Molecular analysis of a de novo mutation for spinocerebellar ataxia type 6 and (CAG)n repeat units in normal elder controls

Author(s): Shizuka M, Watanabe M, Ikeda Y, Mizushima K, Okamoto K, et al.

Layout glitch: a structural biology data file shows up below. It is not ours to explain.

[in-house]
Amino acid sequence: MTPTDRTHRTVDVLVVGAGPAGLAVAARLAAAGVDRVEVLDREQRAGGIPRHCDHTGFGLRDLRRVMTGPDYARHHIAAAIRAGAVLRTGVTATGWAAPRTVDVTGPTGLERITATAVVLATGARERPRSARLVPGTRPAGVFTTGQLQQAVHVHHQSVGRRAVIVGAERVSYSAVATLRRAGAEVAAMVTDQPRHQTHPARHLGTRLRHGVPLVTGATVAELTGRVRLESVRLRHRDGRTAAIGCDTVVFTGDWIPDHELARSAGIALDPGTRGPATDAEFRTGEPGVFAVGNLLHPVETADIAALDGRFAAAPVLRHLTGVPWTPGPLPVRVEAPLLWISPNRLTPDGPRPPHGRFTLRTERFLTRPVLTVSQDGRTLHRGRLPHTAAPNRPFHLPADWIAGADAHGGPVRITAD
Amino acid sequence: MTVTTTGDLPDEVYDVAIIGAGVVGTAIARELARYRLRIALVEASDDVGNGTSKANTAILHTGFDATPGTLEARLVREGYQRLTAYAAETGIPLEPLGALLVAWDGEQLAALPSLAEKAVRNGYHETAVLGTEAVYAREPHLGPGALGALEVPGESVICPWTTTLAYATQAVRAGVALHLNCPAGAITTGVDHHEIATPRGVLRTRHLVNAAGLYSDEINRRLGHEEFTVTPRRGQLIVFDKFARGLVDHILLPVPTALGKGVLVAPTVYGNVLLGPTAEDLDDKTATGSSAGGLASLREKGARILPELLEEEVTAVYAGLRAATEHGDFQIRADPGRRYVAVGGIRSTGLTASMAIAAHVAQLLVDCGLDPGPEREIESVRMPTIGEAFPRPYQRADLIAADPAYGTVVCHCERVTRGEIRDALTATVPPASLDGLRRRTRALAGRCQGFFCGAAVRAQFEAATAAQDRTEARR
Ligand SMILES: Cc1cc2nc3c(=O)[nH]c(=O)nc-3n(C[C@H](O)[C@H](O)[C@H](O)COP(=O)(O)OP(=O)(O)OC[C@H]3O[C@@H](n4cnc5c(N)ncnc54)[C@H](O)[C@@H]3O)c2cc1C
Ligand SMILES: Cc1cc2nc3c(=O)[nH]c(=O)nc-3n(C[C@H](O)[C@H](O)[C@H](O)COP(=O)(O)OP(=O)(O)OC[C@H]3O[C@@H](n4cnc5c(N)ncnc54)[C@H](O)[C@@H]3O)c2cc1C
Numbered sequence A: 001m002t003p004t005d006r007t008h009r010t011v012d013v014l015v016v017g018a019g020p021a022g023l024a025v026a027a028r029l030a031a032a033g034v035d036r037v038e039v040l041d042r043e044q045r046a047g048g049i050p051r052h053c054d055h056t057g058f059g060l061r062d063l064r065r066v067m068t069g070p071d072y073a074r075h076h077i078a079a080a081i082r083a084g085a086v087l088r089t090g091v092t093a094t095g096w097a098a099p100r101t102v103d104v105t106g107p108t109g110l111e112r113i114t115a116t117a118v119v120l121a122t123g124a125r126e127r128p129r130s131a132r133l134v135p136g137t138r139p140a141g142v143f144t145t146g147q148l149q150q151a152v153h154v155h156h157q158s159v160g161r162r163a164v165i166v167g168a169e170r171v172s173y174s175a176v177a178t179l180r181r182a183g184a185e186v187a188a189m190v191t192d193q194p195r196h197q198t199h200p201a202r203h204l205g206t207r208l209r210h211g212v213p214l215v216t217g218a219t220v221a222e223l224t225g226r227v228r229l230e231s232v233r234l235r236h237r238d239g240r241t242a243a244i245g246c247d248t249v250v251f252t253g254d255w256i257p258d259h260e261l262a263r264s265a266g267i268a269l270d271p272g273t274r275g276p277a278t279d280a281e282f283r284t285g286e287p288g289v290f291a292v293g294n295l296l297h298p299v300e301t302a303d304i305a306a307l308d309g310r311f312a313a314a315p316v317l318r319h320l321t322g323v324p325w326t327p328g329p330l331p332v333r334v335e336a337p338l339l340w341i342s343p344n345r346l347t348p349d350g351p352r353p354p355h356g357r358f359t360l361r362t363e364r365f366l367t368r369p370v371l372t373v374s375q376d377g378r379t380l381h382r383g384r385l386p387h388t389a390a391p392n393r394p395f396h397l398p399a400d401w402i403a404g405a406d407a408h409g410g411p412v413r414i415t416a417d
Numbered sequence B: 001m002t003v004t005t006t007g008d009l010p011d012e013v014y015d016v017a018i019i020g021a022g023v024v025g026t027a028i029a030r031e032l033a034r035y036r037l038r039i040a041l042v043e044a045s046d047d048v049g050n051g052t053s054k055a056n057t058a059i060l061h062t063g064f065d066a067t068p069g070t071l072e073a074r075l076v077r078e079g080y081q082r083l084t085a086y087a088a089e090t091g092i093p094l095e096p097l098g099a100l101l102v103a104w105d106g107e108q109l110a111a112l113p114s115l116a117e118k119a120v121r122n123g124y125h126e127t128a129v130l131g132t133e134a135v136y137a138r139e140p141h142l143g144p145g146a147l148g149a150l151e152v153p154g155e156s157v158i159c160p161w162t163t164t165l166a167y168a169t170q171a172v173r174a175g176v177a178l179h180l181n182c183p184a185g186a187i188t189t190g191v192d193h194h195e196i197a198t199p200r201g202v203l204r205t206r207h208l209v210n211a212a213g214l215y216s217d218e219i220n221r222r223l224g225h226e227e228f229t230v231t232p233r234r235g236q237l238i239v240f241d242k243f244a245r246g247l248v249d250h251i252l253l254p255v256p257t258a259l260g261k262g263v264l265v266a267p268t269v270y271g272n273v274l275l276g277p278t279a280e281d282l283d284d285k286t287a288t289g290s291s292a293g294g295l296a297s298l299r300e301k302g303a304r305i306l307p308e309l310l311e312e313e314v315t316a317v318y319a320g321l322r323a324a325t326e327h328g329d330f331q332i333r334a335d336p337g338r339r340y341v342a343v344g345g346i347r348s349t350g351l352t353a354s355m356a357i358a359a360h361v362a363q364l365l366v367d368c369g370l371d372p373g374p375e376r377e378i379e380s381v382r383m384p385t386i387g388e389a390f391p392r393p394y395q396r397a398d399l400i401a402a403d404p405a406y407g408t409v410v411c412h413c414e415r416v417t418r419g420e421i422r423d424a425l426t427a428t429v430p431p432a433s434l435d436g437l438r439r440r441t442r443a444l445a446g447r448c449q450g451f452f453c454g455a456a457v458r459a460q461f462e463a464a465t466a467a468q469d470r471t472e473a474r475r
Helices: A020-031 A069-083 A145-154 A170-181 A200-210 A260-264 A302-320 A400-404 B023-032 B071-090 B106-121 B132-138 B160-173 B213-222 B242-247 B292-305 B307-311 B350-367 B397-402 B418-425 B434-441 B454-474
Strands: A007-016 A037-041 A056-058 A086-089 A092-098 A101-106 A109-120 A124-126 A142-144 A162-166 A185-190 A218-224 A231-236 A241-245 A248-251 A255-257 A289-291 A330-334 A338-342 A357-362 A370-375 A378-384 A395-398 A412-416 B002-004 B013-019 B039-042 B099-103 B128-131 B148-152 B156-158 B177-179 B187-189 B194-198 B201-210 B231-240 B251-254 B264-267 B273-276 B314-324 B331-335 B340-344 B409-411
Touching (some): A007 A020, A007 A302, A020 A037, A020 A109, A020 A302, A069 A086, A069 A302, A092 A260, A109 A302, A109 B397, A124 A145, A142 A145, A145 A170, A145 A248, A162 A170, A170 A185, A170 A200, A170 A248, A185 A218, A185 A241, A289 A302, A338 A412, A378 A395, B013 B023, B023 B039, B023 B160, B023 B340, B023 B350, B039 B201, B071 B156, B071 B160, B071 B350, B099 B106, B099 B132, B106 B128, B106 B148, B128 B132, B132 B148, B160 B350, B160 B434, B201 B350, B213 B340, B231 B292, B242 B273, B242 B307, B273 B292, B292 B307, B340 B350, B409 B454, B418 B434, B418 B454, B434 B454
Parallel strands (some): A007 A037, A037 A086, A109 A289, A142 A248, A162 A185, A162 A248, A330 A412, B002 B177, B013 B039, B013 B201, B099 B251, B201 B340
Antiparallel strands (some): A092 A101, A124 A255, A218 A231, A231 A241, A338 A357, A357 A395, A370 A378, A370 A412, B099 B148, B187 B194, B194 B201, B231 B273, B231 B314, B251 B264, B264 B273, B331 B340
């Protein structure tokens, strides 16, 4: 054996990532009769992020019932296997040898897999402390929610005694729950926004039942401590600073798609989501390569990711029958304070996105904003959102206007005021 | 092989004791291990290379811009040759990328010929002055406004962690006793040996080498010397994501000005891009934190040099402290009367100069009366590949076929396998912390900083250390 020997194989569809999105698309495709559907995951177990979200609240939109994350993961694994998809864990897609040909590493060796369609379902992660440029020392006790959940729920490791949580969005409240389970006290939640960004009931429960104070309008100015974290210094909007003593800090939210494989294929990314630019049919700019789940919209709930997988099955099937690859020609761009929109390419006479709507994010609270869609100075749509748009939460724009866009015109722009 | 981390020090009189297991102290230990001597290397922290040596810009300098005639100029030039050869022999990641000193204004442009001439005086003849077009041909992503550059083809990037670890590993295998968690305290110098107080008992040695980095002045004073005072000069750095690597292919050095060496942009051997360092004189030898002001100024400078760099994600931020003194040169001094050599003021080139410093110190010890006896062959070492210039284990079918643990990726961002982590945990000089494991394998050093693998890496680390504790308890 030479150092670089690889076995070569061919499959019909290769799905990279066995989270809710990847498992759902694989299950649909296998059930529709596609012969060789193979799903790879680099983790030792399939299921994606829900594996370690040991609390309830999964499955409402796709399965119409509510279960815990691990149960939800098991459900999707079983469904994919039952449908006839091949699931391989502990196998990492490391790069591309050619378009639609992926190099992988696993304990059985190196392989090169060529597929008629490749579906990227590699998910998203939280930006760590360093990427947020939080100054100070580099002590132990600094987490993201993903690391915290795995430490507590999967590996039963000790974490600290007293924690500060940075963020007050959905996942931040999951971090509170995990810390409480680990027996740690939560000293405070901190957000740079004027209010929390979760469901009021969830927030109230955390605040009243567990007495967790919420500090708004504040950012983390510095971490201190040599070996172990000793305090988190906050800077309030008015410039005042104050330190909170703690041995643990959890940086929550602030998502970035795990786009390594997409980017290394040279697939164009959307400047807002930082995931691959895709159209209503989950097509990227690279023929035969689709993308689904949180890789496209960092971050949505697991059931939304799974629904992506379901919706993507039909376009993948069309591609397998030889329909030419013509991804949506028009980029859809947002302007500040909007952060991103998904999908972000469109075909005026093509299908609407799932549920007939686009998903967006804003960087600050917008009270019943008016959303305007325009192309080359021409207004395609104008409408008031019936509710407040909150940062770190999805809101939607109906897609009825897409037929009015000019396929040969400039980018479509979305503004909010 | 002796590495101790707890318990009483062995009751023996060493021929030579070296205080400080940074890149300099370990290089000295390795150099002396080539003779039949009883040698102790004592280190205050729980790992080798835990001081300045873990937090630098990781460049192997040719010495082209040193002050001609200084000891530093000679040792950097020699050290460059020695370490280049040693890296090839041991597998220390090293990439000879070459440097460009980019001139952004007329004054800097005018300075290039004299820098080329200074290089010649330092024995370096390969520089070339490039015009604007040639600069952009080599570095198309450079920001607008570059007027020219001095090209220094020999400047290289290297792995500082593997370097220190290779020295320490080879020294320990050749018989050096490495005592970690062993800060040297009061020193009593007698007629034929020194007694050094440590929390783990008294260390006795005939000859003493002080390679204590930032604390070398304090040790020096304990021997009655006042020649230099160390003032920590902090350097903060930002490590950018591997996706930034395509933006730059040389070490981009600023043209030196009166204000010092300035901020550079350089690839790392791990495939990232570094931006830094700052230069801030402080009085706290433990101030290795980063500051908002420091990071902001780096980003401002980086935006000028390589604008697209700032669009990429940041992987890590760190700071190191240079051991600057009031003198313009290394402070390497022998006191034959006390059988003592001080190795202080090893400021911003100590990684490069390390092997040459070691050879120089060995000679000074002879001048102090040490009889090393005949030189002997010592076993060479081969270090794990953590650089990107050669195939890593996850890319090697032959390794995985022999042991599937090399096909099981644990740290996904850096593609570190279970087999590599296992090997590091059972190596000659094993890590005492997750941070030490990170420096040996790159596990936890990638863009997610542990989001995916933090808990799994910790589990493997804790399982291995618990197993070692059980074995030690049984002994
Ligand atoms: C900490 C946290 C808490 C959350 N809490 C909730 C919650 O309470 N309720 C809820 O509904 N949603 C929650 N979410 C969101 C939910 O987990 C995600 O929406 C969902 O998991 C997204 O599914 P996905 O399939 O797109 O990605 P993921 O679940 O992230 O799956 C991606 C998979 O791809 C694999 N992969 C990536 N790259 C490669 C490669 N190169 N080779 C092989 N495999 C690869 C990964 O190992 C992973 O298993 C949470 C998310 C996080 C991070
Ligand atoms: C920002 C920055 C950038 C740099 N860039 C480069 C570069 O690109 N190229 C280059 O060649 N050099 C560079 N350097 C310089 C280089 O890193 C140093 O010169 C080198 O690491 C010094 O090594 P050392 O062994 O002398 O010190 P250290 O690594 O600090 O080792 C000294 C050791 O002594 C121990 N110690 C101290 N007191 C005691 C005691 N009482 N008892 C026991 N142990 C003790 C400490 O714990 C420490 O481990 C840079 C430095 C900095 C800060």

Spinocerebellar ataxia type 6 (SCA6) is an autosomal dominant spinocerebellar degenerative disease caused by CAG repeat expansions in the human alpha1A voltage-dependent calcium channel subunit gene (CACNL1A4). We analyzed 15 SCA6 patients in 14 unrelated Japanese families and 52 healthy Japanese aged over 74 years. Sequence analysis was performed to determine the correct number of CAG repeats. The expanded CAG repeat number was 23.6+/-2.1 (mean+/-S.D., n=15) with a range of 20-29, and the shortest expanded allele was 20 repeats. Moreover, the analysis of normal subjects revealed that the CAG repeat number of normal alleles was 12.3+/-1.9 (n=104) with a range of 7-18. We concluded that the normal range of CAG repeats in the CACNL1A4 gene is 18 or less, and that the disease range is 20 or more. Of 15 SCA6 patients, three sporadic cases were observed. In one male patient with 26 CAG repeats, the CAG repeat numbers of his parents were within normal range. His expanded allele was considered to be caused by an expansion of a normal allele from his mother (14 or 17 repeats). This is the first SCA6 case which was genetically proven to occur due to a de novo mechanism, suggesting that larger CAG repeats of normal alleles in the CACNL1A4 gene may be unstable and result in full expansion.

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